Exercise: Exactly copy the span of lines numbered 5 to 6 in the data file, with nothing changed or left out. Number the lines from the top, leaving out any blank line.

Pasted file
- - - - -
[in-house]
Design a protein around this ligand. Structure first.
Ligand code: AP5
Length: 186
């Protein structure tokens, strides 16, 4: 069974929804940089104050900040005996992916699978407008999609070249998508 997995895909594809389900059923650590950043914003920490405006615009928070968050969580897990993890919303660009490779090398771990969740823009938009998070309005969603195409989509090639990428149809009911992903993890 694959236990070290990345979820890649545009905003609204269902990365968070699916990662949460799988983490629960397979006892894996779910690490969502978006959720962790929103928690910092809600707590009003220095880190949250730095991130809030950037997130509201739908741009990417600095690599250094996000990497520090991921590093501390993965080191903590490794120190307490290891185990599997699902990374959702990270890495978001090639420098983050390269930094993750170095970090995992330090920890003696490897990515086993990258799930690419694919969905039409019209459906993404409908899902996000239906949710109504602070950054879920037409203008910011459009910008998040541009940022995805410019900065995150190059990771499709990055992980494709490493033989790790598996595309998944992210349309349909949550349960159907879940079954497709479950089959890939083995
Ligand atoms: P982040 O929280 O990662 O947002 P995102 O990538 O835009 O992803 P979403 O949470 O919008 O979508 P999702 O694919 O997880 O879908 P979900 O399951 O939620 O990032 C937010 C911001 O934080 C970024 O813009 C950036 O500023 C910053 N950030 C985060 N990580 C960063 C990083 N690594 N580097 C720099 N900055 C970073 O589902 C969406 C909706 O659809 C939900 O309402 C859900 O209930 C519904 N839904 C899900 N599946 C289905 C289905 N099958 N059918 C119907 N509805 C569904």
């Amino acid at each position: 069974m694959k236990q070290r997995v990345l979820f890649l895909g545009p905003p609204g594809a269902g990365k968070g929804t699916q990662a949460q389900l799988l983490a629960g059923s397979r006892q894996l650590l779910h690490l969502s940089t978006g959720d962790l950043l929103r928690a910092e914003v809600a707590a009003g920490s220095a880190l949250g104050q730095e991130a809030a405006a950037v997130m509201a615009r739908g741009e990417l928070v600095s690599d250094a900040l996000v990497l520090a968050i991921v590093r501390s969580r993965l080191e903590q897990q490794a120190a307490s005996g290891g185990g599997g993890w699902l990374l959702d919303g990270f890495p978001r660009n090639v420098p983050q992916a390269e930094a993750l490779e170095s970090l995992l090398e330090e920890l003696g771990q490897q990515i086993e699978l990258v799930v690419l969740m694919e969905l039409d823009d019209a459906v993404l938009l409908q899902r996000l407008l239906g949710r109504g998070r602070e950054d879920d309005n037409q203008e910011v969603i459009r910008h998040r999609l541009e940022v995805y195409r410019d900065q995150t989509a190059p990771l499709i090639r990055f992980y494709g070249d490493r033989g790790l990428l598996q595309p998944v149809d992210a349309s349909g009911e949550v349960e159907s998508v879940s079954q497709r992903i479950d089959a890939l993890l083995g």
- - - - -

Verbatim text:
């Protein structure tokens, strides 16, 4: 069974929804940089104050900040005996992916699978407008999609070249998508 997995895909594809389900059923650590950043914003920490405006615009928070968050969580897990993890919303660009490779090398771990969740823009938009998070309005969603195409989509090639990428149809009911992903993890 694959236990070290990345979820890649545009905003609204269902990365968070699916990662949460799988983490629960397979006892894996779910690490969502978006959720962790929103928690910092809600707590009003220095880190949250730095991130809030950037997130509201739908741009990417600095690599250094996000990497520090991921590093501390993965080191903590490794120190307490290891185990599997699902990374959702990270890495978001090639420098983050390269930094993750170095970090995992330090920890003696490897990515086993990258799930690419694919969905039409019209459906993404409908899902996000239906949710109504602070950054879920037409203008910011459009910008998040541009940022995805410019900065995150190059990771499709990055992980494709490493033989790790598996595309998944992210349309349909949550349960159907879940079954497709479950089959890939083995
Ligand atoms: P982040 O929280 O990662 O947002 P995102 O990538 O835009 O992803 P979403 O949470 O919008 O979508 P999702 O694919 O997880 O879908 P979900 O399951 O939620 O990032 C937010 C911001 O934080 C970024 O813009 C950036 O500023 C910053 N950030 C985060 N990580 C960063 C990083 N690594 N580097 C720099 N900055 C970073 O589902 C969406 C909706 O659809 C939900 O309402 C859900 O209930 C519904 N839904 C899900 N599946 C289905 C289905 N099958 N059918 C119907 N509805 C569904």